Jozef Lopuszynski - Freelance Contributor
Prayers were said for the dead in the forest setting
Seventy years after the event, the Polish community met at the Cannock Chase Katyn Memorial to remember the massacre of World War Two.
Thousands of Polish officers, religious leaders and elite were murdered by Russian forces on Stalin's orders.
Prayers were said for the dead; and speeches reminded listeners of the extent of the tragedy.
Prayers were also said for the Polish leaders who died in a recent air accident flying to the Katyn site.
Cannock Chase Forest
Dignitaries from across the West and North Midlands heard speeches recalling the horror that took place in the Katyn Forest, which is near Russian Smolensk on the Russo-Belarus border.
The Polish community built the Katyn Memorial as a permanent reminder
The Honorary Polish Consul for the West Midlands, Councillor Fran Oborski praised the Cannock Chase site: "This is a beautiful silent English forest, and it's a really appropriate place to remember those who, 70 years ago, were murdered in a forest that was probably beautiful - but was turned for ever into a place of horror."
Twenty thousand Polish officers and leading intellectuals had been taken prisoner after the invasion of Poland by Russia in 1940, and transported to Katyn in April and May of that year.
They were led to believe that they were being set free, but instead were taken into the forest and shot in cold blood by the NKVD Secret Police (the forerunner of the KGB).
For many years, the Soviets tried to cover up their involvement in the massacre by insisting that it was the Nazis who were to blame for the crime, but more recently the Russian authorities have acknowledged that this was indeed a Soviet crime.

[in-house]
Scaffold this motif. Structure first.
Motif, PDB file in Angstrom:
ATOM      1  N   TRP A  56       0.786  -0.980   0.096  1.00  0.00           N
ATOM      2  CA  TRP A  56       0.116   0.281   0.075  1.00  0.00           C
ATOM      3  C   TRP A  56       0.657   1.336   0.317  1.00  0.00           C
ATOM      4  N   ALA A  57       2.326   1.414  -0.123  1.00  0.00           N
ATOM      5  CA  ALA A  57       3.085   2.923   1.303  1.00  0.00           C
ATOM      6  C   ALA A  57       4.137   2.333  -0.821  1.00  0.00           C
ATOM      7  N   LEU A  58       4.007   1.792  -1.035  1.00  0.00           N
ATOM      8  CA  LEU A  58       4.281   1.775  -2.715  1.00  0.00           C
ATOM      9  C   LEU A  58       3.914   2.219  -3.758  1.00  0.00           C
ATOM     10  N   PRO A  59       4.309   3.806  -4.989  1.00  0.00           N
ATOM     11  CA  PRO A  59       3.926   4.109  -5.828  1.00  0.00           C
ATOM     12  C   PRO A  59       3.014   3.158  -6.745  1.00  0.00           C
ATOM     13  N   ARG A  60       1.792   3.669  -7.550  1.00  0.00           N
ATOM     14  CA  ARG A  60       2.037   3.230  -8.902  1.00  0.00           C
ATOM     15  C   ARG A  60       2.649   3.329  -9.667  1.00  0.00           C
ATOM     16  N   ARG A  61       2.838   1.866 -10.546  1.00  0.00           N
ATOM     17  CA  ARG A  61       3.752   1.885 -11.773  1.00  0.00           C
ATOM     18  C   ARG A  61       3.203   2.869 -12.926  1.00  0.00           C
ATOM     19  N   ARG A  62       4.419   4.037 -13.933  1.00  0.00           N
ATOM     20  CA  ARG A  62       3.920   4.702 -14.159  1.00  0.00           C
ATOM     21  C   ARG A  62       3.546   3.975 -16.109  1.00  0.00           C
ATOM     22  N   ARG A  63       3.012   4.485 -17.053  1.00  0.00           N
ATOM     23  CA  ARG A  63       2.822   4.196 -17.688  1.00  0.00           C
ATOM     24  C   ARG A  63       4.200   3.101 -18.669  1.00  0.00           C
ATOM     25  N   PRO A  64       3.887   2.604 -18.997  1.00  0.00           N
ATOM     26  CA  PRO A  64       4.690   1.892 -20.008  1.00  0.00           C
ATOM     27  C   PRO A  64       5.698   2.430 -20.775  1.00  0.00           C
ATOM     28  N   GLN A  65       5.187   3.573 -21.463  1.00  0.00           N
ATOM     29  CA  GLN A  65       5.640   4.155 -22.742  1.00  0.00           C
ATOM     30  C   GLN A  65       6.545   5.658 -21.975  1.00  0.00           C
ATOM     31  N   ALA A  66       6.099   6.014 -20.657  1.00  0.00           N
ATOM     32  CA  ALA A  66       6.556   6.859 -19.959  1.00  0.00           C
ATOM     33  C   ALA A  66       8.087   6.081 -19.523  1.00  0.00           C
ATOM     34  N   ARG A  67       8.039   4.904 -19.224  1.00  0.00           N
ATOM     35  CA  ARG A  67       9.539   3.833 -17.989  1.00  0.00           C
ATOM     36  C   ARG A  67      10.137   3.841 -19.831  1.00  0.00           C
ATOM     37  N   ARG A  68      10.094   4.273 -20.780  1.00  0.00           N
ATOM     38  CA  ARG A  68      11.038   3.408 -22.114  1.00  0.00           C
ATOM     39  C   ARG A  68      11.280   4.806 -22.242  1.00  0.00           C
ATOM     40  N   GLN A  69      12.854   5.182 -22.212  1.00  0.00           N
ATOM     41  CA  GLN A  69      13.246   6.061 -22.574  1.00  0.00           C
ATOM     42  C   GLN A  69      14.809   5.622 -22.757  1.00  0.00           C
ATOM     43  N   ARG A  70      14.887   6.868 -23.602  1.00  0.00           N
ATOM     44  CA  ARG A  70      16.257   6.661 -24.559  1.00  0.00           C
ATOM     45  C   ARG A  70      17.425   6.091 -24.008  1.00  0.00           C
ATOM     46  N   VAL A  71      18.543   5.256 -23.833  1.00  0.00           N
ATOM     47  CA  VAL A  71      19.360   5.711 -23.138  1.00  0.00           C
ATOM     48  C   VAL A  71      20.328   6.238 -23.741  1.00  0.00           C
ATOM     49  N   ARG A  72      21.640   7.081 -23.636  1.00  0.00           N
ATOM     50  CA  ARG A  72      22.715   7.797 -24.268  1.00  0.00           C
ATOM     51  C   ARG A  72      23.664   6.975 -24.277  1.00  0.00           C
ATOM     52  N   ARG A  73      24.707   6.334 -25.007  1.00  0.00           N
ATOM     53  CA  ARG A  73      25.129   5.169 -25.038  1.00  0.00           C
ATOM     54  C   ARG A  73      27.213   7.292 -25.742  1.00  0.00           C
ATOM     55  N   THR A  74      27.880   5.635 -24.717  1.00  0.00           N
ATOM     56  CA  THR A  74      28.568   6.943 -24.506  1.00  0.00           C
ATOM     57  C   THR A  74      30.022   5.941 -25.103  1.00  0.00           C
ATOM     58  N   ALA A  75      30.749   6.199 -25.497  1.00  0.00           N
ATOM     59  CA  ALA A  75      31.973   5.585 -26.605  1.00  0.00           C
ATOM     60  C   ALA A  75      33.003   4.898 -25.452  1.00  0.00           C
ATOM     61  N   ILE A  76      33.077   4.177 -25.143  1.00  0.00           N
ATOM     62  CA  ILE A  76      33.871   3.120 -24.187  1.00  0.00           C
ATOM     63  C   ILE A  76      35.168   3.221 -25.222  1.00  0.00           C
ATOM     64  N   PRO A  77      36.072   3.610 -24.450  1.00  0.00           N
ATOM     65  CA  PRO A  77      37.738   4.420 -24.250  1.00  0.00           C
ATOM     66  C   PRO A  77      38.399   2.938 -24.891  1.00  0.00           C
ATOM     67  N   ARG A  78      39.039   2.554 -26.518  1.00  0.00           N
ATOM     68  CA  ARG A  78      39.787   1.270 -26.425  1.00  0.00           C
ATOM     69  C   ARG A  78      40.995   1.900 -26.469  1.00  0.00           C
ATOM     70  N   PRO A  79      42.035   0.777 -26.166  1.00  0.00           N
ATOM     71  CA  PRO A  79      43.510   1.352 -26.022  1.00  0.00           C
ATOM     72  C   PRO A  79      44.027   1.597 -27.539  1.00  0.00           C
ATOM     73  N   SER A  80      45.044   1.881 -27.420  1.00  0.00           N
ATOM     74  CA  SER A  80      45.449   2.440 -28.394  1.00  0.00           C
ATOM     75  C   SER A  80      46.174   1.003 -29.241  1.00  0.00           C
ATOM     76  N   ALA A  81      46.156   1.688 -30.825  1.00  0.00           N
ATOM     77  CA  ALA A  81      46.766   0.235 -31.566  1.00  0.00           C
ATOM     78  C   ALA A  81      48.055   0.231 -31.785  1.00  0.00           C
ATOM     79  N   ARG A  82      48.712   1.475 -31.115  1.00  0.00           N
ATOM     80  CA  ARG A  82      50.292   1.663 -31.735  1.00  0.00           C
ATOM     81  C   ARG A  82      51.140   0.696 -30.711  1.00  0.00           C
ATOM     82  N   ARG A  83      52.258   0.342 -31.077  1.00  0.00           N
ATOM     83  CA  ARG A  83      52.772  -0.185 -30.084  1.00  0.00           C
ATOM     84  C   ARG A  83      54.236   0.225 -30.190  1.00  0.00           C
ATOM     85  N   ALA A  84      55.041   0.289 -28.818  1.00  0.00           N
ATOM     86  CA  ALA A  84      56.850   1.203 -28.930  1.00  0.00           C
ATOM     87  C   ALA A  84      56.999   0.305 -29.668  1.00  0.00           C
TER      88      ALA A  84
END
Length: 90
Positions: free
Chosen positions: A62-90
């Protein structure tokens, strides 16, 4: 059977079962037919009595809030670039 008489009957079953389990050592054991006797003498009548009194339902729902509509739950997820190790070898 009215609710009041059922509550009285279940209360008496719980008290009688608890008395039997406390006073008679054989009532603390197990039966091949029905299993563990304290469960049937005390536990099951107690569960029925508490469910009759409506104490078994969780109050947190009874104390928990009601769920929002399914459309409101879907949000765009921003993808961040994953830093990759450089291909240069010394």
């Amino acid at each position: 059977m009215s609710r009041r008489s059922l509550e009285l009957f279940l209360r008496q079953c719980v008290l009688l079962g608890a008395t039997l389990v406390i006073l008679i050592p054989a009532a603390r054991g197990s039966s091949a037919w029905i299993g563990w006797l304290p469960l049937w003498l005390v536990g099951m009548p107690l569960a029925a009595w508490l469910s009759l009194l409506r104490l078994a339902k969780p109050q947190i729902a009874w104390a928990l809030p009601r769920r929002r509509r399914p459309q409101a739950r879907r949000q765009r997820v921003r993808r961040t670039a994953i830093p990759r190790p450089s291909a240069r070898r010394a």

Most of the standards were this year draped with black ribbons, in memory of President Lech Kaczynski and his 96 colleagues who were killed in the recent air disaster at Smolensk in April. They had been journeying to the site of the original mass execution for a similar commemoration ceremony.
"The death of those at Smolensk - the President and his wife, and the other leading members of the Polish State - was a real tragedy, because they were on their way to remember the 70th Anniversary at Katyn.
"It's the most appalling coincidence of tragedy.
"But, hopefully from that, a new truth is coming from President Medvedev and the Russian government - and hopefully from that, the relationship between Poland and Russia will finally develop," added Councillor Oborski.
Chairman of the Cannock Chase Katyn Memorial Committee and organiser of the event, Miroslawa Kisiel agreed: "It was a truly moving occasion. Fortunately, we were blessed with glorious sunshine."
The prayers were led by Father Edward Pondel, priest-in-charge at Holy Trinity Polish Church, Wolverhampton.
Bugler Jim Cornes attends the ceremony ever year.
The ceremony, which took place on Sunday 16 May 2010, was attended by dozens of people from across the North and West Midlands including from Stafford, Walsall, Wolverhampton and Kidderminster. Afterwards, the Wolverhampton Polish Club hosted a reception for those who had attended.
The ceremony is now an annual event.
Among those attending was bugler Jim Cornes, who lives in Wheaton Aston near Stafford. He is a regular at the event.
Mr Cornes said: "It's always a great honour to come to this occasion. The feeling is there, and the sadness is there of what happened many years ago.
"That people still appreciate and remember is mainly the important thing
people do remember".
Jozef Lopuszynski - all photos copyright.
The Katyn Memorial in Cannock Chase was erected by the Anglo-Polish Society in 1979.
On the sides of the memorial's plinth are inscribed the names of the three camps which held the victims: Kozielsk, Starobielsk and Ostaszkow.
Other Katyn Memorials in the UK include one at Gunnersbury, London.